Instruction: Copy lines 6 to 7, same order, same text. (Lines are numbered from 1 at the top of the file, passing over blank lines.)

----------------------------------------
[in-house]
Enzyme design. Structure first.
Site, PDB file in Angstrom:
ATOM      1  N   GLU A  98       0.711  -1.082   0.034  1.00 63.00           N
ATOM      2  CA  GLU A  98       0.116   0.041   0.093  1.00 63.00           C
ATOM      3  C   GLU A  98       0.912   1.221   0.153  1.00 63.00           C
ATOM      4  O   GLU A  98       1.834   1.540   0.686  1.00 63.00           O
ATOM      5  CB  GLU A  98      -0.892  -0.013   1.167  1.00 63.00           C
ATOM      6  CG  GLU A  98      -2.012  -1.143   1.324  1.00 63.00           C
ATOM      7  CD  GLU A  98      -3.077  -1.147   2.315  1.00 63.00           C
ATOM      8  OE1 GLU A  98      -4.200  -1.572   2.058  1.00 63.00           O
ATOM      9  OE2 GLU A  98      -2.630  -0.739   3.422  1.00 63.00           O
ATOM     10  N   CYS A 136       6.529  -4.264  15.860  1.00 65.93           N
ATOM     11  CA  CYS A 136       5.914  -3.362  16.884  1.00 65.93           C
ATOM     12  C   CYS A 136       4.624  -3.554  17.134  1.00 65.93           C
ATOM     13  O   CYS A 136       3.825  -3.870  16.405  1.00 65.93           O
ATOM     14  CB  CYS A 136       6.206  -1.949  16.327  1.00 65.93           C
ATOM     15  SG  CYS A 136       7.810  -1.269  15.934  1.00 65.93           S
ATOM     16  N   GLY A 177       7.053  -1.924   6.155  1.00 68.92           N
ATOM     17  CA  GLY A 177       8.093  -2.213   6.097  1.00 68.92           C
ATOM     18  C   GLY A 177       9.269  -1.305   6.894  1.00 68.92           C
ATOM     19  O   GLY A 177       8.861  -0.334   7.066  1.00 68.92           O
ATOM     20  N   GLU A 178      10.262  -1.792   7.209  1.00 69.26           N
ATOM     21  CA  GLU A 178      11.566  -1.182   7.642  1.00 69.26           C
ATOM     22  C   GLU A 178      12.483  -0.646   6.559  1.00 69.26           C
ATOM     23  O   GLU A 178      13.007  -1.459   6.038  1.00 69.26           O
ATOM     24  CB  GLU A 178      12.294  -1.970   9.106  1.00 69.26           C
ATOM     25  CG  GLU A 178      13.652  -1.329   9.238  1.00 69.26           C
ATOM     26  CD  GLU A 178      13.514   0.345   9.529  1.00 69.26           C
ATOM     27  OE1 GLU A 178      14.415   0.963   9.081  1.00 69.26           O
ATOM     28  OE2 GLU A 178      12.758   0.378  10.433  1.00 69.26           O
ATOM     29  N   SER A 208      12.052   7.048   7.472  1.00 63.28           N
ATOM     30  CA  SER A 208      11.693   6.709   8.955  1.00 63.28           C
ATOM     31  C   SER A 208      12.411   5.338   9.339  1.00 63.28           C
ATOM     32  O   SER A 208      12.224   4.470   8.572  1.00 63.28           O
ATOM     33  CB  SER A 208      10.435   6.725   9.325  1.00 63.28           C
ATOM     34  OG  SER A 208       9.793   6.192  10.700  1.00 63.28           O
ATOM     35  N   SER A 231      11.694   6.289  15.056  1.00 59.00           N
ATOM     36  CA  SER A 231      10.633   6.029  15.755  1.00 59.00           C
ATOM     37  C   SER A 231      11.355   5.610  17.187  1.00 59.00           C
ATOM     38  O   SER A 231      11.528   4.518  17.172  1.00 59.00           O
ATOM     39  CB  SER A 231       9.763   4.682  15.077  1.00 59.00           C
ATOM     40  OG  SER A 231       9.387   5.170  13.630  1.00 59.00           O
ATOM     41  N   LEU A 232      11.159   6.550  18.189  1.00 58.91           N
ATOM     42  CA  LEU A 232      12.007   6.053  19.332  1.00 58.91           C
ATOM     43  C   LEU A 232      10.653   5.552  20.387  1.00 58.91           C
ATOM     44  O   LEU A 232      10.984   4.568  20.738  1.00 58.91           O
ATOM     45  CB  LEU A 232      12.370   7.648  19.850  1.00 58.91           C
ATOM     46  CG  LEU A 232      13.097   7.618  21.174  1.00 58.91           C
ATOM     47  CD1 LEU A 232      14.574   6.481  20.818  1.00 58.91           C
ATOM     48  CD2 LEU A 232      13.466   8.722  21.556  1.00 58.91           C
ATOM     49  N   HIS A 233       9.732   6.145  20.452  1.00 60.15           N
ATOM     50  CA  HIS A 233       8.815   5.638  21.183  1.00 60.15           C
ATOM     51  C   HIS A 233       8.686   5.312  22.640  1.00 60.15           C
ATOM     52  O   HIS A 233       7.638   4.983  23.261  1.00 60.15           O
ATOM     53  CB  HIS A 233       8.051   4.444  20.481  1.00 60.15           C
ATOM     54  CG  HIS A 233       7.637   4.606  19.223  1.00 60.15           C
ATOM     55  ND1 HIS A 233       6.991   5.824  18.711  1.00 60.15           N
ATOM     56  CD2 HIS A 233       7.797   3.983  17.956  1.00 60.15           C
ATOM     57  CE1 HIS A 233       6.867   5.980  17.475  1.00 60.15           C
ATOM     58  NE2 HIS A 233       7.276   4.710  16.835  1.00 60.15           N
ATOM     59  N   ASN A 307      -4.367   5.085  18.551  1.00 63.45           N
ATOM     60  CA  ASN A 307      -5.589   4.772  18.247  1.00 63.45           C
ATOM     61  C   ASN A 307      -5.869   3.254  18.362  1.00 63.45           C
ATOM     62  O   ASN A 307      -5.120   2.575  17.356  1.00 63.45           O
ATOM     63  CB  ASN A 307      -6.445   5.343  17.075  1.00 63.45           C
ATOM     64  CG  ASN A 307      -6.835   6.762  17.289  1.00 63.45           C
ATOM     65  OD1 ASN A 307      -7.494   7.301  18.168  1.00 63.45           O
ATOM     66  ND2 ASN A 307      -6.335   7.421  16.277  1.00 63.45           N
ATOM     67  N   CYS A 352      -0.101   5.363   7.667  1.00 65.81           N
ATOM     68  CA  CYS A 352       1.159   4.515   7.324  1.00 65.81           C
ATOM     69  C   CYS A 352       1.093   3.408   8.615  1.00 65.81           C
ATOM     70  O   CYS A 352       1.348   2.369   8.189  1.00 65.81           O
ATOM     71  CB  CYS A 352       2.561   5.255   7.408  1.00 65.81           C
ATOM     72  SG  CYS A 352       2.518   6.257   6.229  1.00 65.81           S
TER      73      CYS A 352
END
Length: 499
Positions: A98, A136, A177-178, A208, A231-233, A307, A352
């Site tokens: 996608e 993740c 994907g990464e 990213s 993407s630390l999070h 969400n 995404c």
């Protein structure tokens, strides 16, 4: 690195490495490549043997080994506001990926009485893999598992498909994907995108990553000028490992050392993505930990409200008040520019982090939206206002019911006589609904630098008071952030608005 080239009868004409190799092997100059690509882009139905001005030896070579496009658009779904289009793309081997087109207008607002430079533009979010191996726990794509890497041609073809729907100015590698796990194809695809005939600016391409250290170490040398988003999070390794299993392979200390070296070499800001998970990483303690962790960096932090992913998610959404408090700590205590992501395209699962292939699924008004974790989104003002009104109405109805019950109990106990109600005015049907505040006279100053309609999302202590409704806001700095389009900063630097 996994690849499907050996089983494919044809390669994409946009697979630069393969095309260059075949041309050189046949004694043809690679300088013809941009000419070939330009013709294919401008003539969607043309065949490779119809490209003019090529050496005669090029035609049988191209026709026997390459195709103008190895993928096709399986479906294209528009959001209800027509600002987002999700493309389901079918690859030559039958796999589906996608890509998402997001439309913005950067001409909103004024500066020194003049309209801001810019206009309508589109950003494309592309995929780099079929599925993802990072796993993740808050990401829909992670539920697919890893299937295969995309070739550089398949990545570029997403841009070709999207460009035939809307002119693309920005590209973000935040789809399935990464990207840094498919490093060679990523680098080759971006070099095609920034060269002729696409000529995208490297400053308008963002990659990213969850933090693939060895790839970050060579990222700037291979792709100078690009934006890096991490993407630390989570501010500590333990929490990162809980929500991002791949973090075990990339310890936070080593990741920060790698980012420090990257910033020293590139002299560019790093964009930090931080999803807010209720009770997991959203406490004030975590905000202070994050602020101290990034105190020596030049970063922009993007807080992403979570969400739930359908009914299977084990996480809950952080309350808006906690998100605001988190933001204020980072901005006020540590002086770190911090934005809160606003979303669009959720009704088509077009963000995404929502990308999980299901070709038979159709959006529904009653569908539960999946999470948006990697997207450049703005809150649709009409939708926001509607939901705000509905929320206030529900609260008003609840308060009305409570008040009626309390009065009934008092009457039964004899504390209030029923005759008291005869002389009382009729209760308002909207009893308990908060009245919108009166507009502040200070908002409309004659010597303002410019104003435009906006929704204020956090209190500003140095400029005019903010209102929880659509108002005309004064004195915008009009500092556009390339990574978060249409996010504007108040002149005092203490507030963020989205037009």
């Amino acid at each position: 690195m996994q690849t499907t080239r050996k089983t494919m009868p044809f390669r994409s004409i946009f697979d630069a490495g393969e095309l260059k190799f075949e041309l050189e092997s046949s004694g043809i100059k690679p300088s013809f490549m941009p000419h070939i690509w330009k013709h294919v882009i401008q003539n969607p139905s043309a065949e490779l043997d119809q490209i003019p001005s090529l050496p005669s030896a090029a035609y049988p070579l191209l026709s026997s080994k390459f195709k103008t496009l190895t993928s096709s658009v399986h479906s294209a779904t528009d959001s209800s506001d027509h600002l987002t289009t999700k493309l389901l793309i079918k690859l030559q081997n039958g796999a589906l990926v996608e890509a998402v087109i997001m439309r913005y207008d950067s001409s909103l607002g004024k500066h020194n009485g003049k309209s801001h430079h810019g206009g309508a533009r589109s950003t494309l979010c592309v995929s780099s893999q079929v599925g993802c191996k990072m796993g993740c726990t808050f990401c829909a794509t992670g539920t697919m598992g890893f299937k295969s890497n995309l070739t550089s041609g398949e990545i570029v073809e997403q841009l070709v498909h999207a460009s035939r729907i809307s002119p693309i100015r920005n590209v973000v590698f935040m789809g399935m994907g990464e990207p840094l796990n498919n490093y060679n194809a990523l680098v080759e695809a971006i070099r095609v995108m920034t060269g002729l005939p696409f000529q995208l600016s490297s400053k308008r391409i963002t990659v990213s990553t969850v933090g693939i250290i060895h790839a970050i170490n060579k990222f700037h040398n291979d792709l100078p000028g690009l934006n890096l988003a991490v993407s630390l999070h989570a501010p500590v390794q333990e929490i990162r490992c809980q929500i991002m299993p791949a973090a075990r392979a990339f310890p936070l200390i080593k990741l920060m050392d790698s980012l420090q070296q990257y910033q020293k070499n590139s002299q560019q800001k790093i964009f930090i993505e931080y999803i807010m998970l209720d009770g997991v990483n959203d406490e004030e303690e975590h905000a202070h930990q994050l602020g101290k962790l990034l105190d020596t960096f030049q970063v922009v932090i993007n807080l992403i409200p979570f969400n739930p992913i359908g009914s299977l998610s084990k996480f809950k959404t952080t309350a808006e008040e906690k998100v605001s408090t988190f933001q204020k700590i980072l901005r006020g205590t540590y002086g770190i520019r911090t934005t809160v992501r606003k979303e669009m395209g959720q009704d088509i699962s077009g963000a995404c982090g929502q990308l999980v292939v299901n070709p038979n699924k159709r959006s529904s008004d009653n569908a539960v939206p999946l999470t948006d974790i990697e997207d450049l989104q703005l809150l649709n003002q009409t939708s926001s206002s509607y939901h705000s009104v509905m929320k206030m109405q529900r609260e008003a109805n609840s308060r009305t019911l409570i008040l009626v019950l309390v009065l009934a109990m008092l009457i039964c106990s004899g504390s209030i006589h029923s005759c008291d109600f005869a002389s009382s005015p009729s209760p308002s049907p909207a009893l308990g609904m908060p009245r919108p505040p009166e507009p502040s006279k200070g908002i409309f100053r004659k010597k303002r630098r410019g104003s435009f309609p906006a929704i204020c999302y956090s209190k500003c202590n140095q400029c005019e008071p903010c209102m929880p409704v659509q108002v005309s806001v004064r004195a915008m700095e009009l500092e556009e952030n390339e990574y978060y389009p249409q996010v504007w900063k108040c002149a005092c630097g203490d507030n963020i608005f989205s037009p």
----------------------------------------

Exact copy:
ATOM      3  C   GLU A  98       0.912   1.221   0.153  1.00 63.00           C
ATOM      4  O   GLU A  98       1.834   1.540   0.686  1.00 63.00           O